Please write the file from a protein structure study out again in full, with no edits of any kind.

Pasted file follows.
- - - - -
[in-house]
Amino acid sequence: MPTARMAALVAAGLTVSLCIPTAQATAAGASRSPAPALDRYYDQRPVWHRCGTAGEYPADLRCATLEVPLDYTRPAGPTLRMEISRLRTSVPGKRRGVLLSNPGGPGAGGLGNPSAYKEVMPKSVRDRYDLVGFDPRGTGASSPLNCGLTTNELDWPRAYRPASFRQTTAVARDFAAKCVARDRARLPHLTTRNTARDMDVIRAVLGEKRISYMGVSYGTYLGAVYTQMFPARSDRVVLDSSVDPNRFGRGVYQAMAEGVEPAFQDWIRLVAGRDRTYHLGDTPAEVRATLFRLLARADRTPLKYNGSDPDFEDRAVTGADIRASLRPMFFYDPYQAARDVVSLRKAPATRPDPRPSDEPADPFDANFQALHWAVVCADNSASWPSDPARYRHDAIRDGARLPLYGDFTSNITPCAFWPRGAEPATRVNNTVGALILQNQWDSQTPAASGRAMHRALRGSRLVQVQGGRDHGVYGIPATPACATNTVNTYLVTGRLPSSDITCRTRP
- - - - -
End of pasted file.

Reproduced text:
[in-house]
Amino acid sequence: MPTARMAALVAAGLTVSLCIPTAQATAAGASRSPAPALDRYYDQRPVWHRCGTAGEYPADLRCATLEVPLDYTRPAGPTLRMEISRLRTSVPGKRRGVLLSNPGGPGAGGLGNPSAYKEVMPKSVRDRYDLVGFDPRGTGASSPLNCGLTTNELDWPRAYRPASFRQTTAVARDFAAKCVARDRARLPHLTTRNTARDMDVIRAVLGEKRISYMGVSYGTYLGAVYTQMFPARSDRVVLDSSVDPNRFGRGVYQAMAEGVEPAFQDWIRLVAGRDRTYHLGDTPAEVRATLFRLLARADRTPLKYNGSDPDFEDRAVTGADIRASLRPMFFYDPYQAARDVVSLRKAPATRPDPRPSDEPADPFDANFQALHWAVVCADNSASWPSDPARYRHDAIRDGARLPLYGDFTSNITPCAFWPRGAEPATRVNNTVGALILQNQWDSQTPAASGRAMHRALRGSRLVQVQGGRDHGVYGIPATPACATNTVNTYLVTGRLPSSDITCRTRP